Maine has a storied history when it comes to hockey, undoubtedly its number-one sport. The Black Bears’ success is well-documented: two national championships (1993 and 1999), six Hockey East championships, and 17 NCAA tournament appearances.
Some of the finest players in the college game, as well as the NHL, have worn the Black Bear uniform: Paul and Steve Kariya, Jim Montgomery, Scott Pellerin, Chris Imes, Jean-Yves Roy, Garth Snow, Scott King, and Blair Allison. Paul Kariya and Pellerin won the Hobey Baker while Jim Leger won the Humanitarian Award.
However, as a program, Maine hockey is relatively new. The University first fielded a team for the 1922-23 season, which went 2-3 by splitting with Colby and Bates and losing to Bowdoin. The following season, they went 4-8. That was it as hockey did not return to the Orono campus until the 1977-78 season.
The Black Bears competed in ECAC Division II for the first two seasons (15-12 and 25-8-1) before moving into the ECAC’s Division I conference. There they stayed until moving to Hockey East for the 1984-85 season, the first coached by Shawn Walsh. They finished that season 12-29-1.
It took Walsh until his third season to produce a winning team at 24-16-2, losing in the Hockey East finals to Boston College, 4-2. Maine made its first NCAA appearance that year, losing to Michigan State (6-2 and 5-3) in the first round.
The rest, as they say, is history.
Many college hockey fans are only aware of the modern era of Massachusetts hockey. The main campus of the University of Massachusetts system started Division I hockey in 1993, joining Hockey East the following year.
However, many fans may not be aware that hockey has actually existed at UMass longer than at Maine, going back to the 1908-09 season when the team went 2-4, playing on the Campus Pond. They won their first two games against Springfield Tech, 2-0, and North. YMCA, 6-0. They then dropped their next four games to Springfield Tech, Amherst College, MIT, and Trinity. The latter three times they were shut out, making the second Springfield Tech game the only game of the season in which both teams scored.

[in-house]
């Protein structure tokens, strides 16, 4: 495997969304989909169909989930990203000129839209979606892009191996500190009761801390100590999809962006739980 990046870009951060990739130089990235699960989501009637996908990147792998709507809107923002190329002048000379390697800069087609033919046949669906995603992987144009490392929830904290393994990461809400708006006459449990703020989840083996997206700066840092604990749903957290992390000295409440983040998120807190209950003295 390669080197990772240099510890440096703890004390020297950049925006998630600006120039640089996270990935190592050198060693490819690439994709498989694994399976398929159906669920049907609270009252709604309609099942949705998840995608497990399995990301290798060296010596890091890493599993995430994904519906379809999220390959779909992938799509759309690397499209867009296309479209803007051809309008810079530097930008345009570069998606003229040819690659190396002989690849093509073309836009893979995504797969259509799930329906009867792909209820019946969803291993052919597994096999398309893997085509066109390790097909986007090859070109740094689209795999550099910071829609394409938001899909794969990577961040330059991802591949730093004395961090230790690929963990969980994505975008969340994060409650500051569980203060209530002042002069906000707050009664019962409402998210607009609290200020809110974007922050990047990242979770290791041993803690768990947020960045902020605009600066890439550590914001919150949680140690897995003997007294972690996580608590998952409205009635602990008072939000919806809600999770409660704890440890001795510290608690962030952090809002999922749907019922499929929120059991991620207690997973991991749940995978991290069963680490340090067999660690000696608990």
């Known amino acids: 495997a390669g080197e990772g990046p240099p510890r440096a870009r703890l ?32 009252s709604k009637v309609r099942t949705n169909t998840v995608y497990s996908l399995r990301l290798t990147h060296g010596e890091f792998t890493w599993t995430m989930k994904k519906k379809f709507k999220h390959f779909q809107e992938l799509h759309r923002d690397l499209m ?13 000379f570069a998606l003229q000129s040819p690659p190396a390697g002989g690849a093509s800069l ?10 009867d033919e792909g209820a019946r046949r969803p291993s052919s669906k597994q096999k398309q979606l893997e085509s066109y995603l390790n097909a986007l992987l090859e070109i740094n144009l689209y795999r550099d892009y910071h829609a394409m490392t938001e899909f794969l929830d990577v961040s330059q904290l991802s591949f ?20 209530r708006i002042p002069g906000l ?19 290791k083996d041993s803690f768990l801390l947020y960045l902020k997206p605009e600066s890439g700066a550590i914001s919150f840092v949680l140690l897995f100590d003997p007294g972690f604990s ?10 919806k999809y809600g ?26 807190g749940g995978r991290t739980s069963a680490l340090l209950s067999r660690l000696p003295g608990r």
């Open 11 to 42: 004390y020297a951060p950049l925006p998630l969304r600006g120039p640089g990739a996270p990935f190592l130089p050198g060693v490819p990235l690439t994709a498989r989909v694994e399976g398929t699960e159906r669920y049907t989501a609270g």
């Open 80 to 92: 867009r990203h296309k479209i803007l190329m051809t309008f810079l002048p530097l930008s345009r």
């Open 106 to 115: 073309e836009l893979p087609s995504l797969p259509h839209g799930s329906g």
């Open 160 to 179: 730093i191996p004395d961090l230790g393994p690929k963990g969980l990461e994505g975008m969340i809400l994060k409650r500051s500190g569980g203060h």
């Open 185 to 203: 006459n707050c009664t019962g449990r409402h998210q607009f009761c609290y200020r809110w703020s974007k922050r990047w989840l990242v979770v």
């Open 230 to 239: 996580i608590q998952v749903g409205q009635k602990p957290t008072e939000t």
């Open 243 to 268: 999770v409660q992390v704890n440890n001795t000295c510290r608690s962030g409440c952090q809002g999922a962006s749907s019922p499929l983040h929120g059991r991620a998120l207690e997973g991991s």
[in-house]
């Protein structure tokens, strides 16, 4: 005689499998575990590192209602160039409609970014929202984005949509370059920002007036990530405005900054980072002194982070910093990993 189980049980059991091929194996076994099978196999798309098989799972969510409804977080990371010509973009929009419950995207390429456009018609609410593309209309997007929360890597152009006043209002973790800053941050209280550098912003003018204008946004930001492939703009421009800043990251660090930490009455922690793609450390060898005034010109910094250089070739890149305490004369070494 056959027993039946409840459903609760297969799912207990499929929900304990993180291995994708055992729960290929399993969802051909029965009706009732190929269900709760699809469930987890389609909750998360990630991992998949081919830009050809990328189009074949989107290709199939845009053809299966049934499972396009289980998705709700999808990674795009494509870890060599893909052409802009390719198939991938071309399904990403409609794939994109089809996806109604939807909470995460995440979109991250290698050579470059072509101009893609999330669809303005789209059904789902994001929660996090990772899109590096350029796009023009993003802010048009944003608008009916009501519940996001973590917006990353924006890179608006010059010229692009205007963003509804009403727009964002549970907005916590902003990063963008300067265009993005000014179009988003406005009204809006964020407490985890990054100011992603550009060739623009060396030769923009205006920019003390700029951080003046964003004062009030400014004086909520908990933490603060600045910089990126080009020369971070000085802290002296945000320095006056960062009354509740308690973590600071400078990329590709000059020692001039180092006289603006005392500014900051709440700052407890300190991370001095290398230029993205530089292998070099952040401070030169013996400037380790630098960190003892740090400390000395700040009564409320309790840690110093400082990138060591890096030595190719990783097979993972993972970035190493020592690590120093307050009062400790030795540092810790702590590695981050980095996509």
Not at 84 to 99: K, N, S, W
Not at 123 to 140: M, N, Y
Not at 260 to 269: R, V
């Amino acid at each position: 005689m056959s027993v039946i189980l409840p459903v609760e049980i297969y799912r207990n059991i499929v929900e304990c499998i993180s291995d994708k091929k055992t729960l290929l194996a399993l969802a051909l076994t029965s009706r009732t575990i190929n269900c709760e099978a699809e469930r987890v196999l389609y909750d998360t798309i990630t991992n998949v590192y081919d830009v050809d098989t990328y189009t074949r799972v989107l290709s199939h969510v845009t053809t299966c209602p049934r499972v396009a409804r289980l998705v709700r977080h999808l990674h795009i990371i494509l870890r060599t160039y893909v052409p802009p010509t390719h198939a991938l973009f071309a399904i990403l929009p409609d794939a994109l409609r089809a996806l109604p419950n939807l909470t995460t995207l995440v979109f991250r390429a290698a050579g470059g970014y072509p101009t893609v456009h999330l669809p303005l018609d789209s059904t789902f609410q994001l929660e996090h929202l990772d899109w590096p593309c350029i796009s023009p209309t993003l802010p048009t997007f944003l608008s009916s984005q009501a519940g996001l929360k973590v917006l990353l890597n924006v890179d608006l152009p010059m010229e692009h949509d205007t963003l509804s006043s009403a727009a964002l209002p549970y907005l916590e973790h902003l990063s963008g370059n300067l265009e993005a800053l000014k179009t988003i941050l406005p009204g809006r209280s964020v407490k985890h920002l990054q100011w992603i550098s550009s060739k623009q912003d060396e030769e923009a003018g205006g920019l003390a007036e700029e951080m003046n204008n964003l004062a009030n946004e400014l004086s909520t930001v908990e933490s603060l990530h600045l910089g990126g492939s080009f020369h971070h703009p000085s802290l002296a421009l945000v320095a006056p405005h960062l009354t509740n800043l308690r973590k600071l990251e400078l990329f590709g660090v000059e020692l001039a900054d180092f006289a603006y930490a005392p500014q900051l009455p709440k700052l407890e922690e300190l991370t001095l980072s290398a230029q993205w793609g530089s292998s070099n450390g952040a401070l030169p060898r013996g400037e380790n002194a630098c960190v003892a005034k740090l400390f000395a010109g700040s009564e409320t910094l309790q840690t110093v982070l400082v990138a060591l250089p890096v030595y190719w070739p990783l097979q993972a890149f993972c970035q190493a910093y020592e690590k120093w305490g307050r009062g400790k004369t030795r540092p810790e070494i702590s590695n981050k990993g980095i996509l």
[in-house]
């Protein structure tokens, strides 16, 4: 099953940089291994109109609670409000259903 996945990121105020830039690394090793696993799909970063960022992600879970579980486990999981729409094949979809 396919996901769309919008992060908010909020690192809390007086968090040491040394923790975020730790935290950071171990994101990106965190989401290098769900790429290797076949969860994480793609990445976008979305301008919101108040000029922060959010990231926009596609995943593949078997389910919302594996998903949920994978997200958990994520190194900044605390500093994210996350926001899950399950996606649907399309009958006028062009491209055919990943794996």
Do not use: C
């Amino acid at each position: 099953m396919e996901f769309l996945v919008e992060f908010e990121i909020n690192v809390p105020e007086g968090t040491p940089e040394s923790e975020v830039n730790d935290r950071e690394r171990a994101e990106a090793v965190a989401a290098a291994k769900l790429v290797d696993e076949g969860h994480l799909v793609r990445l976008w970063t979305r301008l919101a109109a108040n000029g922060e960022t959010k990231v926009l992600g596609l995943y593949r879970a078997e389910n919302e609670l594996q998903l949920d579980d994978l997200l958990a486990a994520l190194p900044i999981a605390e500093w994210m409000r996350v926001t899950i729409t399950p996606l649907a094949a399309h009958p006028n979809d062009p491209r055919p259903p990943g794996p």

They actually didn’t have a head coach until the 1917-18 season and that was Elton J. Mansell, the only coach in school history with a career winning record (.574).
As is typical of early college hockey programs, some of the teams they played were not colleges. They went 9-6-3 all time against non-collegiate opponents.
The school did not field a team during the latter part of the Depression and through the World War II-era years of 1939-47. They also did not play from 1951-53, during the Korean War.
When the NCAA split into divisions, UMass, like some of the other Division I schools that did not want to put an emphasis on hockey, such as Connecticut, played first in Division II and then Division III conferences. UMass won the 1971-72 ECAC Division II championship, beating St. Anselm, 5-3, Merrimack, 4-2, and the University of Buffalo, 8-1.
They competed in those playoffs three other years as they made the postseason four years in a row. The star of most of those years was Pat Keenan, who still holds the school records for goals (105) and points (180). And he only played for three years.
The coach during that era was Jack Canniff, who has the most victories in school history with 120. Current coach Don Cahoon is second with 101.
They began to fall on hard times after those successful teams of the early ’70s, eventually falling to 1-18-1 in 1978-79. After that season, the school dropped hockey until 1993.
Like their respective schools’ hockey history, UMass coach Don Cahoon has been involved in college hockey longer than Maine’s Tim Whitehead.
Whitehead played collegiate hockey at Hamilton, graduating in 1985. He started coaching at UMass-Lowell in 1996-97. He led them for five seasons, reaching the Hockey East semifinal round three times. He then took the job at Maine where he has accumulated a 154-68-26 record in six seasons, a Hockey East championship, and has twice played in the national championship game.
Cahoon played at Boston University, where he won back-to-back national championships in 1971 and 1972 in his junior and senior years.
He coached for three years at Norwich from 1979-82. Afterwards, he moved to Princeton for nine seasons where he led the Tigers to an ECAC championship and an NCAA appearance. He’s been at UMass since 2000-01, compiling a mark of 101-132-22 and the school’s first NCAA bid this year.
All Tournament Team
All members came from the final two teams. UMass had two representatives, forwards Matt Anderson and Kevin Jarman. Maine had the rest of the All-Tournament team with forward Michel Léveillé, defenders Mike Lundin and Bret Tyler, and goaltender Ben Bishop. Léveillé was named the Most Outstanding Player.